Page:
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Physics 2 question velocity of electrons and voltages

  • #1
Prob statement:
An electron is to be accelerated from a velocity of 1.00×10^6 m/s to a velocity of 9.90×10^6 m/s . Through what potential difference must the electron pass to accomplish this?


equations:
v=U/q0
1/2mv^2
U=K (this is where I have a question)

Well I already have the answer. But heres how I got it.

Ki=.5(9.11*10^-31)(1*10^6)^2=4.55*10^-19J
Kf=.5(9.11*10^-31)(9.9*10^6)^2=4.45*10^-17J

Vi=Ki/(-1.6*10^-19)=-2.843V
Vf=Kf/(-1.6*10^-19)=-278.125V

V=Vi-Vf=275.282V But the voltage is negative because the electron is flowing against the + to - field (atleast how i explained it to myself)

Well my first question is how does V=U/q0 turn into V=K/q0. I found one example where my instructor used this to determine the voltage but I cant find any reference to it in my book.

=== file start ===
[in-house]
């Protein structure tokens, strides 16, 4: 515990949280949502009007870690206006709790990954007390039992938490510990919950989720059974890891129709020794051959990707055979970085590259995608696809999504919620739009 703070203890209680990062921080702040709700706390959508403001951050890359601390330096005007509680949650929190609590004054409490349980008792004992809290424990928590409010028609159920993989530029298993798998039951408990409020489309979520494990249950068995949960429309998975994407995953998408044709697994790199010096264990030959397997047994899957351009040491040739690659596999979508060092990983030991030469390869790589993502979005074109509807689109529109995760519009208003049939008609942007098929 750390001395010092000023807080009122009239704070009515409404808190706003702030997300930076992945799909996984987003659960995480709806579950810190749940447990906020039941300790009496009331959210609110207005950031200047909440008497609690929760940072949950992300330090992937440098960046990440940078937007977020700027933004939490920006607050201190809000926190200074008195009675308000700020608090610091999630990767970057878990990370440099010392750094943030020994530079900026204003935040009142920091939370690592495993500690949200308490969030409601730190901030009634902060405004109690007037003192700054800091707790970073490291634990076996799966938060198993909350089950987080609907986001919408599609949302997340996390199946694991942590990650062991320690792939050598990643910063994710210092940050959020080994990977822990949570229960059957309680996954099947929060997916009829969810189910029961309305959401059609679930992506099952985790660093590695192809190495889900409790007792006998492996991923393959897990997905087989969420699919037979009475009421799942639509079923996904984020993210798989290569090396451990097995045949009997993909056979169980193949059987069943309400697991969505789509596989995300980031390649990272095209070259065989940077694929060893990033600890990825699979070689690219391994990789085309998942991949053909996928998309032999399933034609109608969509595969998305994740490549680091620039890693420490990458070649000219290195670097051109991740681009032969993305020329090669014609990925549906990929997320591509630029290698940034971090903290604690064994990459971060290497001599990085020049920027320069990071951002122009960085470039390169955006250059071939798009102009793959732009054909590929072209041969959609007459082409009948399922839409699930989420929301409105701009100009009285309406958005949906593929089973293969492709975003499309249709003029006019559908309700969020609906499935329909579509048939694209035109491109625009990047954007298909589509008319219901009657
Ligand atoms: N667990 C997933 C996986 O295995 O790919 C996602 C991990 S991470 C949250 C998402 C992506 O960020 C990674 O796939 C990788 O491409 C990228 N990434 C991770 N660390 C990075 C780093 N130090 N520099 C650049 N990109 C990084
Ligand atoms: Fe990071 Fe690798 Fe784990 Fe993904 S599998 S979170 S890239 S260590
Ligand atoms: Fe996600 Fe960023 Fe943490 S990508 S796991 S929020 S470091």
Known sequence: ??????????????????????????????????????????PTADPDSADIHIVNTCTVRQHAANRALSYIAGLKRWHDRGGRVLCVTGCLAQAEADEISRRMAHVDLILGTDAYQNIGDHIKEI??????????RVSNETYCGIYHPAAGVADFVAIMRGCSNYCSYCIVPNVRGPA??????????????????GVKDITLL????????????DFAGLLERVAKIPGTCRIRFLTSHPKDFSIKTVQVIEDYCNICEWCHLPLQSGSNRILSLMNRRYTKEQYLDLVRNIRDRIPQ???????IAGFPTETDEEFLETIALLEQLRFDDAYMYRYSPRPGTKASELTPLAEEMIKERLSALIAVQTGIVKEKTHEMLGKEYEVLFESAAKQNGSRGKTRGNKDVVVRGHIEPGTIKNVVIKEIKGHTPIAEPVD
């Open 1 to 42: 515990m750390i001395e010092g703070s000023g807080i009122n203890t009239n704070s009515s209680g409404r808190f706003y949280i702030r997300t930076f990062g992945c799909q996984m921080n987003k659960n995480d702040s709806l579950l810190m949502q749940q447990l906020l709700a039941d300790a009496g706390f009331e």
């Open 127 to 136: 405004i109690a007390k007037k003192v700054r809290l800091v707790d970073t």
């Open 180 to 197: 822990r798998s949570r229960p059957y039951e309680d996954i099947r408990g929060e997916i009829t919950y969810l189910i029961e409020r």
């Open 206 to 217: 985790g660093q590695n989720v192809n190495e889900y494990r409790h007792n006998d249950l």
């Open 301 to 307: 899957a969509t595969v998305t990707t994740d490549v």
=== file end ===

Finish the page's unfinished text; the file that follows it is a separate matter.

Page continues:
Thanks
 

Answers and Replies

  • #2
gneill
Mentor
20,793
2,773
Not sure what your Vi and Vf business is all about. Basically you want to add a certain amount of KE to what the electron already has (your Ki). So you have a desired ∆KE which is Kf - Ki.

The electron will gain energy falling through a potential difference: ∆KE = -q∆V. Since the required energy gain is positive in this case, and since q is negative, then ∆V should be a positive potential change (the electron should be accelerated by a positive potential).
 
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